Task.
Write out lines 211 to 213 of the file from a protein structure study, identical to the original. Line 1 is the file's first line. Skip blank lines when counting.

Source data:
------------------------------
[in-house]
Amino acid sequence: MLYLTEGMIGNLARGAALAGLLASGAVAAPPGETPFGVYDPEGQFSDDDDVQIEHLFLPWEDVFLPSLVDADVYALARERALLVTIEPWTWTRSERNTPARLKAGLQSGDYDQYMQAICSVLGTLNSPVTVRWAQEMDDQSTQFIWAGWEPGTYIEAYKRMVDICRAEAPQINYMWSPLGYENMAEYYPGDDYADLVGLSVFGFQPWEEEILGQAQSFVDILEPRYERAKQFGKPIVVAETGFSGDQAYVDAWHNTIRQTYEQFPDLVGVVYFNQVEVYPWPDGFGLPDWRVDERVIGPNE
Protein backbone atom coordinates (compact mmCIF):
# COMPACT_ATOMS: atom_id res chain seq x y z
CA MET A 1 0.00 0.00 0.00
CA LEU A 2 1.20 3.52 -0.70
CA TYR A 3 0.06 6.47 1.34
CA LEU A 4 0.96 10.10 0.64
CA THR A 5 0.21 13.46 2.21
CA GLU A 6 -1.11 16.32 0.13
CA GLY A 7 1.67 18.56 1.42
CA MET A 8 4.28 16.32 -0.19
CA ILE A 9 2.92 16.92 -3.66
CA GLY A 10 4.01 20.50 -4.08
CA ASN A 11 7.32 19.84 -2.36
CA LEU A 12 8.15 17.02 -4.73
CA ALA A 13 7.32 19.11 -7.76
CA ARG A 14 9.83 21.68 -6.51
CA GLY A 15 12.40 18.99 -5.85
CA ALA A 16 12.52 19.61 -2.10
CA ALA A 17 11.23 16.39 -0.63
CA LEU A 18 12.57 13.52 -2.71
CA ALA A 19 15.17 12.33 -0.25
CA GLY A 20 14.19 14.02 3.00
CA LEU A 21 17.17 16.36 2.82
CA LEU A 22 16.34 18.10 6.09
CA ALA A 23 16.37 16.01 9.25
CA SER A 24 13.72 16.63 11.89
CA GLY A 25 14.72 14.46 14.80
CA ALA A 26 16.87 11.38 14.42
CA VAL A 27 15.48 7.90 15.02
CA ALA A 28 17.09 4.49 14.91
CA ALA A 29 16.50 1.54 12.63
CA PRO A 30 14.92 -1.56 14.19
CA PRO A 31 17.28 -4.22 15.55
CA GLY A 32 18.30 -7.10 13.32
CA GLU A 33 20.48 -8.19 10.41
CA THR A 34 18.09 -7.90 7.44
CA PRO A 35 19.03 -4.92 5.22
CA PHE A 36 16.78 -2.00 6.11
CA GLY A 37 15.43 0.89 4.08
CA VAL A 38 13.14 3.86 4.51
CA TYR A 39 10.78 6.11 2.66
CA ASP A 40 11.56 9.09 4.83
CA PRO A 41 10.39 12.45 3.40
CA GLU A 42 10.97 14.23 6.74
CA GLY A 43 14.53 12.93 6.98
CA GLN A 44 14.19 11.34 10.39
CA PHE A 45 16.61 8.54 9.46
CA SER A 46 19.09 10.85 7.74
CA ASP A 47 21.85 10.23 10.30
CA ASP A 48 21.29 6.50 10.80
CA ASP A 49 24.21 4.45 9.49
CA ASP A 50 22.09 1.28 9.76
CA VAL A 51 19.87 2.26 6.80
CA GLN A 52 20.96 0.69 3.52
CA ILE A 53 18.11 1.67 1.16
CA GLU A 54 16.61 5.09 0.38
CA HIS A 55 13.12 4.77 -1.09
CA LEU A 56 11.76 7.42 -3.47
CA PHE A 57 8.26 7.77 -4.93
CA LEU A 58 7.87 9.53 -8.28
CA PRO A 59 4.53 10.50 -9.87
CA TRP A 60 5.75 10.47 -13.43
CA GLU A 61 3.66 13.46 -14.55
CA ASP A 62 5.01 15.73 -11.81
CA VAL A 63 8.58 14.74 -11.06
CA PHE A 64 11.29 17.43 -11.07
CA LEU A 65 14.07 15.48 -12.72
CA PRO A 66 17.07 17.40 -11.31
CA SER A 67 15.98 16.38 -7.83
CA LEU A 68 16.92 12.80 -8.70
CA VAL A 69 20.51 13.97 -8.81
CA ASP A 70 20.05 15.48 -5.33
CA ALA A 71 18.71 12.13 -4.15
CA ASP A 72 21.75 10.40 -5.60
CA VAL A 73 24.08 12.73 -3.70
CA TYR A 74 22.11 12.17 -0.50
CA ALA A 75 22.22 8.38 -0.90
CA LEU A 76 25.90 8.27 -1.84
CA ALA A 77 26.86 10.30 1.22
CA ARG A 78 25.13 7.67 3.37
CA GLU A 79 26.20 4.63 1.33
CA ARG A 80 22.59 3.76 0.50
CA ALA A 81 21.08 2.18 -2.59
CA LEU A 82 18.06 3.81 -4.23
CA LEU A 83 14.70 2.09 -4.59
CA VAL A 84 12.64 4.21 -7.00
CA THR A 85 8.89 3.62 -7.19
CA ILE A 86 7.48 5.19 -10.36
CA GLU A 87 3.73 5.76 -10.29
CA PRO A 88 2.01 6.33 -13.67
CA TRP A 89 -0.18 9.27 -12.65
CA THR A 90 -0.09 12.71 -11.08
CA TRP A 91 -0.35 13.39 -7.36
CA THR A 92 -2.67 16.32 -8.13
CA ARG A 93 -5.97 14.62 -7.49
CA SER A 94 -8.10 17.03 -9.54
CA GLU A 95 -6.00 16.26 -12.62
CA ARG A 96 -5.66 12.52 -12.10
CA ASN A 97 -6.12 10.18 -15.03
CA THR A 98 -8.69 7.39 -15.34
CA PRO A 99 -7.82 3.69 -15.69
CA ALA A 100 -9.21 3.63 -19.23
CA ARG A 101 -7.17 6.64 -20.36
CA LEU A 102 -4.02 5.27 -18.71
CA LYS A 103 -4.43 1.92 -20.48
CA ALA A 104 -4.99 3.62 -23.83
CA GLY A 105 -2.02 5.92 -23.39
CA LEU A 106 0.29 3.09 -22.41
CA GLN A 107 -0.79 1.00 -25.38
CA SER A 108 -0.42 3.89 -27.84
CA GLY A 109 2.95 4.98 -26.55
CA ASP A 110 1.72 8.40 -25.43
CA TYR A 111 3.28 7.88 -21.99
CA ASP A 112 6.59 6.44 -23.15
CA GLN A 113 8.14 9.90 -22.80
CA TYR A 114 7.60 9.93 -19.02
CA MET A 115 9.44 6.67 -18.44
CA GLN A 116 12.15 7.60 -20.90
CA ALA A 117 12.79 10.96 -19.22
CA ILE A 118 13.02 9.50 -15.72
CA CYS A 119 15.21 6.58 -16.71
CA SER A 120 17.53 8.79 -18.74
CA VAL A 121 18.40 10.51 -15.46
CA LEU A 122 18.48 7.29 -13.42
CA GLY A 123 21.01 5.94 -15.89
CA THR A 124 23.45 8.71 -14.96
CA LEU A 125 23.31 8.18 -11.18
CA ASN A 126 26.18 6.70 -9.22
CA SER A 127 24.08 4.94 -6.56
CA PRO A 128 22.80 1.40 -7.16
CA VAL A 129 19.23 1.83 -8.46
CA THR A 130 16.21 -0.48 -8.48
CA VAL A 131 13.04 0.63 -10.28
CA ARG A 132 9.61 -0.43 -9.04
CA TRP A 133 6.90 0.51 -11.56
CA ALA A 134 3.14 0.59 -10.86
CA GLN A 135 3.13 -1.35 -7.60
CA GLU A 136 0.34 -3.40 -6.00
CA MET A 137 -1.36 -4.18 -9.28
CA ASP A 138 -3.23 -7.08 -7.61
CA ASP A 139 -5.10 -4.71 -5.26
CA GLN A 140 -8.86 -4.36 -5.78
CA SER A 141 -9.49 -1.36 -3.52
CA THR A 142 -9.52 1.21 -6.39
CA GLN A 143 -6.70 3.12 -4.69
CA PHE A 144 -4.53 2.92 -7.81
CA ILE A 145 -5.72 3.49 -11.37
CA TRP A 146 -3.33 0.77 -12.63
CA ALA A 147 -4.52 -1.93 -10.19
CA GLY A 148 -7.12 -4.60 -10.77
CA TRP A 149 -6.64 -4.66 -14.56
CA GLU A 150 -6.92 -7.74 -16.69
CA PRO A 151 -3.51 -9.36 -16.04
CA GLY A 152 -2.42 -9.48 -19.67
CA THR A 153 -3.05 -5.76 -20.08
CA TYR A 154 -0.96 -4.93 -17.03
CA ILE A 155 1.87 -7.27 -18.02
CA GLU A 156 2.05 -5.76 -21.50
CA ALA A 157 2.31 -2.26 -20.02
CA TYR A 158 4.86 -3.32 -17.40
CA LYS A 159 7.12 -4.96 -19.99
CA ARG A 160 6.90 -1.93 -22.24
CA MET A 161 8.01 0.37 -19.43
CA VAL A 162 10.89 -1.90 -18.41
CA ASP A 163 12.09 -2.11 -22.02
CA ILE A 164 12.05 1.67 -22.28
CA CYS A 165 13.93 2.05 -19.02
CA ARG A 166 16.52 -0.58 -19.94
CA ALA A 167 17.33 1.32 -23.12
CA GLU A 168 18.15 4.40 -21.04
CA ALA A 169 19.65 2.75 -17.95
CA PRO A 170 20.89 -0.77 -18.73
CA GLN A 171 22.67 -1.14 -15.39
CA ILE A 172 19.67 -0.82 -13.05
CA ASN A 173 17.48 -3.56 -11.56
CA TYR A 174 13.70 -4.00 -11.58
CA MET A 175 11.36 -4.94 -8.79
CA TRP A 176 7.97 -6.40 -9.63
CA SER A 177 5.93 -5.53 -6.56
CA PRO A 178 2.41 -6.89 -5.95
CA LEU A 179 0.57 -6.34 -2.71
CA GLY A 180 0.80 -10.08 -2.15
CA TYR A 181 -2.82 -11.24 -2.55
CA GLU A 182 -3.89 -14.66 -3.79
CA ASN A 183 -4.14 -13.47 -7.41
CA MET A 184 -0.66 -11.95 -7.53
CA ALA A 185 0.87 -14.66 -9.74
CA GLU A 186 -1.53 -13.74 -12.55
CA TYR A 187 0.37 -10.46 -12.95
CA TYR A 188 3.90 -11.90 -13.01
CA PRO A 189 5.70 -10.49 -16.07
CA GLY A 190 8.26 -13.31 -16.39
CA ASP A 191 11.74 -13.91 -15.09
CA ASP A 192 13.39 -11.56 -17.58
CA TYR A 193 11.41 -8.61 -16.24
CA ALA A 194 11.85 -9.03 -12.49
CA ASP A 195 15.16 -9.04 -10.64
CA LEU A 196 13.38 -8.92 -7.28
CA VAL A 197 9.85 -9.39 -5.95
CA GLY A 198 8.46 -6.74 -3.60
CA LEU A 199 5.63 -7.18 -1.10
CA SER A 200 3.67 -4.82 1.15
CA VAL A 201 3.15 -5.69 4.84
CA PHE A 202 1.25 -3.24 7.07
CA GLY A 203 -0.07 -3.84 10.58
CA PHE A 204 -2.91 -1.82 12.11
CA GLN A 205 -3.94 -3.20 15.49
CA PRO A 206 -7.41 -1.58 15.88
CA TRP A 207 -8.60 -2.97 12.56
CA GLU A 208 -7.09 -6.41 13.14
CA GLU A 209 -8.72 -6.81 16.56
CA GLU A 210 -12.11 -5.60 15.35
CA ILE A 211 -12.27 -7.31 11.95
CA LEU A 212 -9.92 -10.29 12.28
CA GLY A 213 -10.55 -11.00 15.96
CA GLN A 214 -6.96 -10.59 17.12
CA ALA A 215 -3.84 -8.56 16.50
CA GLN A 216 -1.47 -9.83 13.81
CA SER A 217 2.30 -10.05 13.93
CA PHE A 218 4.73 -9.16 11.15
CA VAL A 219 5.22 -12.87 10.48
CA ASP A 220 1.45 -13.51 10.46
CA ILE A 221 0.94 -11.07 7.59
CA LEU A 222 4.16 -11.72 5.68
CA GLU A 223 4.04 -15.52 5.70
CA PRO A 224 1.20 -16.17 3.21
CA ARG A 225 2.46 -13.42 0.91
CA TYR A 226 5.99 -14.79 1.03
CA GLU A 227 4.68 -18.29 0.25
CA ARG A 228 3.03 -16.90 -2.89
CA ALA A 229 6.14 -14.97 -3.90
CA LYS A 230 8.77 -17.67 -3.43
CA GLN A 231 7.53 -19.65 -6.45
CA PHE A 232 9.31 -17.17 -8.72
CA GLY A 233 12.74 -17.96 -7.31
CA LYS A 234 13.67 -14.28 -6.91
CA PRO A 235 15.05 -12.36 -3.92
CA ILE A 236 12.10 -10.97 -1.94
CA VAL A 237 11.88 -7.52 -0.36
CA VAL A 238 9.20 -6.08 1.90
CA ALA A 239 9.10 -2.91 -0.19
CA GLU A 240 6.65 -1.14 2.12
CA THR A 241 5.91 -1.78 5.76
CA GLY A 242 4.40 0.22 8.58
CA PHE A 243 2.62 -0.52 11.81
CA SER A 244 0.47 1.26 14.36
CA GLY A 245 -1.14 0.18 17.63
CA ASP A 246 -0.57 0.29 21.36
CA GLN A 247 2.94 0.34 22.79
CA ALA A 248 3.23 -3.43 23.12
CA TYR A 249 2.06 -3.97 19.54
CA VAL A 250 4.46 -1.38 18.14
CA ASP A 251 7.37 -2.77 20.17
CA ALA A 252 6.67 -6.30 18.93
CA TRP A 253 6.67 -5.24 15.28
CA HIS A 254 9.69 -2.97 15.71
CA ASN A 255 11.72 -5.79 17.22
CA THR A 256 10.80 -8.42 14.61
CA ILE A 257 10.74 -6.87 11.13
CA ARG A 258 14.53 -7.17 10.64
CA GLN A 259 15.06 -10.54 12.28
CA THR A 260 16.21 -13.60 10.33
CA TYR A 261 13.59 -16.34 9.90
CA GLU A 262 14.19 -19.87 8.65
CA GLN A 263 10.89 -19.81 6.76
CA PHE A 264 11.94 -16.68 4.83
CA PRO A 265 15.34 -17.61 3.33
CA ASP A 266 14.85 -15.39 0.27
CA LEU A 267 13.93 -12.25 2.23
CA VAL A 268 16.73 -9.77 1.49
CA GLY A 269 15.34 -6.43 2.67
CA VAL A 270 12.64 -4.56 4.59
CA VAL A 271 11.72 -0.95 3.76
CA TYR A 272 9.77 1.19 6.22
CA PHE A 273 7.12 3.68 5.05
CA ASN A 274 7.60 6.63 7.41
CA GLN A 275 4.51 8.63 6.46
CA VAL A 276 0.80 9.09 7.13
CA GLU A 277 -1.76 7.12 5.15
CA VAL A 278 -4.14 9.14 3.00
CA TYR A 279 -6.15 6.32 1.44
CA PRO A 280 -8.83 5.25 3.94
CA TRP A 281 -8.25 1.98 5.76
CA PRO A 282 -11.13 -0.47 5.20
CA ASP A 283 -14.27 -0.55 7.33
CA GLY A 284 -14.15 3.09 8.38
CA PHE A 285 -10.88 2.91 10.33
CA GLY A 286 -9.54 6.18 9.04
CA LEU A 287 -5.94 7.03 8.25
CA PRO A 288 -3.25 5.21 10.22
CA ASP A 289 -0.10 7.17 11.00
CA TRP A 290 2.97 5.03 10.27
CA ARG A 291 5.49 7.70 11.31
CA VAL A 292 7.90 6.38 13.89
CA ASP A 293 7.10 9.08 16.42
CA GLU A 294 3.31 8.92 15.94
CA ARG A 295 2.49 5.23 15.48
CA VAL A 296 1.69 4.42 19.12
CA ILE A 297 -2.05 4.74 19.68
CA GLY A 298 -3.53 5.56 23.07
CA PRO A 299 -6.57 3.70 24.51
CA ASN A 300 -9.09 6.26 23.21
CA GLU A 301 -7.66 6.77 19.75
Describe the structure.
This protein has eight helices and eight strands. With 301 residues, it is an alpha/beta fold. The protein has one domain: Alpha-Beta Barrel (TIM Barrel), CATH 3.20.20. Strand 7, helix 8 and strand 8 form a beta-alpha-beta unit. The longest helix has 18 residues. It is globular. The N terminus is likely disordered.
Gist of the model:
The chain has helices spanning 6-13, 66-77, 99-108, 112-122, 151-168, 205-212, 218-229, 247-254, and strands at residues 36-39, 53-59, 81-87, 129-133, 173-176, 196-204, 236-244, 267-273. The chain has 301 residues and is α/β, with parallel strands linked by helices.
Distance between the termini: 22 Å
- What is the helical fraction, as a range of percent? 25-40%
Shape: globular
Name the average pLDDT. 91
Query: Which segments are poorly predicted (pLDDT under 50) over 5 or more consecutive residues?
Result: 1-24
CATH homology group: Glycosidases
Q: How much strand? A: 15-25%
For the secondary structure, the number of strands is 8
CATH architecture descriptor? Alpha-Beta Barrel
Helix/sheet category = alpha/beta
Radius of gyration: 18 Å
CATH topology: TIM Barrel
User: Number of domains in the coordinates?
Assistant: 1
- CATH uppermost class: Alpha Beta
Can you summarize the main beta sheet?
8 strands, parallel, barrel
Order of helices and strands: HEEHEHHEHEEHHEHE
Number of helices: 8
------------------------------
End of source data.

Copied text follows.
CA TRP A 207 -8.60 -2.97 12.56
CA GLU A 208 -7.09 -6.41 13.14
CA GLU A 209 -8.72 -6.81 16.56